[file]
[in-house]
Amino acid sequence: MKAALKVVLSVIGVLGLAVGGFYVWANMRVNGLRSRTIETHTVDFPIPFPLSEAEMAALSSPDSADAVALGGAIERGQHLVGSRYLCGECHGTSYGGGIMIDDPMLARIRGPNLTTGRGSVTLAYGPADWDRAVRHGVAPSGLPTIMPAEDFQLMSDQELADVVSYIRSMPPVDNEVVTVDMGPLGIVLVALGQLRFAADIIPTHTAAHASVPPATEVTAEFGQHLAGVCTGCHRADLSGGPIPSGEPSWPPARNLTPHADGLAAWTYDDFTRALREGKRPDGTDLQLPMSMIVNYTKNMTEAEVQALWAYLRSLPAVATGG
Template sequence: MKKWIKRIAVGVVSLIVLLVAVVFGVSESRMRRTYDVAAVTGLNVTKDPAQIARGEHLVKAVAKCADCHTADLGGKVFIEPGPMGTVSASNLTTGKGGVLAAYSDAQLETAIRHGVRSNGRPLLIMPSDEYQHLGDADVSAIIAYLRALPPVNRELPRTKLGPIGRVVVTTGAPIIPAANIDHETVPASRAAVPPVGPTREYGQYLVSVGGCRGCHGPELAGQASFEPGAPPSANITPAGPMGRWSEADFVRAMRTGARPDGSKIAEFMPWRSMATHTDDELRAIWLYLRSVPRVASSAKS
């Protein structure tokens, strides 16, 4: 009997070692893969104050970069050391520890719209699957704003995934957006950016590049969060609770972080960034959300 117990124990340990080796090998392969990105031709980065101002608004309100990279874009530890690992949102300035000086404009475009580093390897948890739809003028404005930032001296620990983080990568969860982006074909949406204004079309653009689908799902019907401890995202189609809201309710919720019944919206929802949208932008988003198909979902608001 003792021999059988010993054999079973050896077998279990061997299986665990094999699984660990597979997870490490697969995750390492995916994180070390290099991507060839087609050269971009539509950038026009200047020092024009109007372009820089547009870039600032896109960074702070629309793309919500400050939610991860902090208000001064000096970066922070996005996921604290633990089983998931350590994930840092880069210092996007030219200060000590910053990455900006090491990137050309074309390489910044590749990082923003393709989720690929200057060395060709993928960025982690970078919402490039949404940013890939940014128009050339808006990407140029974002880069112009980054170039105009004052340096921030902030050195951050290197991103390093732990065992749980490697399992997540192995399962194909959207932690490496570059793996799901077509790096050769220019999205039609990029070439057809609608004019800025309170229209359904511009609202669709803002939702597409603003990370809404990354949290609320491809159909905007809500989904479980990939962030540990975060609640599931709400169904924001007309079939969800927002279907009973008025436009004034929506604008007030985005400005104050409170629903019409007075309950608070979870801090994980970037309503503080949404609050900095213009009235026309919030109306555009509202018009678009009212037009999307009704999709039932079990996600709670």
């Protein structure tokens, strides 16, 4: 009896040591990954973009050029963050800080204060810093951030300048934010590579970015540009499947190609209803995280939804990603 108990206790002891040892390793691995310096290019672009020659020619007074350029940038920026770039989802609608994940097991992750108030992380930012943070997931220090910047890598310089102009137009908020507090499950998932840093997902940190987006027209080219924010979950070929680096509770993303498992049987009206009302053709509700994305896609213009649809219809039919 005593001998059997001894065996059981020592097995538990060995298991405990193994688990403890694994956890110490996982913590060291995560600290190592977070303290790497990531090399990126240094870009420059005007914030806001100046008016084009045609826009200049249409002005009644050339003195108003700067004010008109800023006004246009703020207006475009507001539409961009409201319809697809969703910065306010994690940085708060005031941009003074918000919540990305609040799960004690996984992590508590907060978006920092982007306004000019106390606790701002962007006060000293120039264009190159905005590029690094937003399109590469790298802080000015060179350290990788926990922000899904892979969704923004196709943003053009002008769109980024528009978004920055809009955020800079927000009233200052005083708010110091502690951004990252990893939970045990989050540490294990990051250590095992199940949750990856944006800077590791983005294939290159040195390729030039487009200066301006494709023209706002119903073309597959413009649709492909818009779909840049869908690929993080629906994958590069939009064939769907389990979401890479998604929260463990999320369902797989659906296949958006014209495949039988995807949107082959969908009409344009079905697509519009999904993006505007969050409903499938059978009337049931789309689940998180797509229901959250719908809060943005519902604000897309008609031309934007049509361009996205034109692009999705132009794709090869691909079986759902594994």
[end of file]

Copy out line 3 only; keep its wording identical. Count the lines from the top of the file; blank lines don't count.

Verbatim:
Template sequence: MKKWIKRIAVGVVSLIVLLVAVVFGVSESRMRRTYDVAAVTGLNVTKDPAQIARGEHLVKAVAKCADCHTADLGGKVFIEPGPMGTVSASNLTTGKGGVLAAYSDAQLETAIRHGVRSNGRPLLIMPSDEYQHLGDADVSAIIAYLRALPPVNRELPRTKLGPIGRVVVTTGAPIIPAANIDHETVPASRAAVPPVGPTREYGQYLVSVGGCRGCHGPELAGQASFEPGAPPSANITPAGPMGRWSEADFVRAMRTGARPDGSKIAEFMPWRSMATHTDDELRAIWLYLRSVPRVASSAKS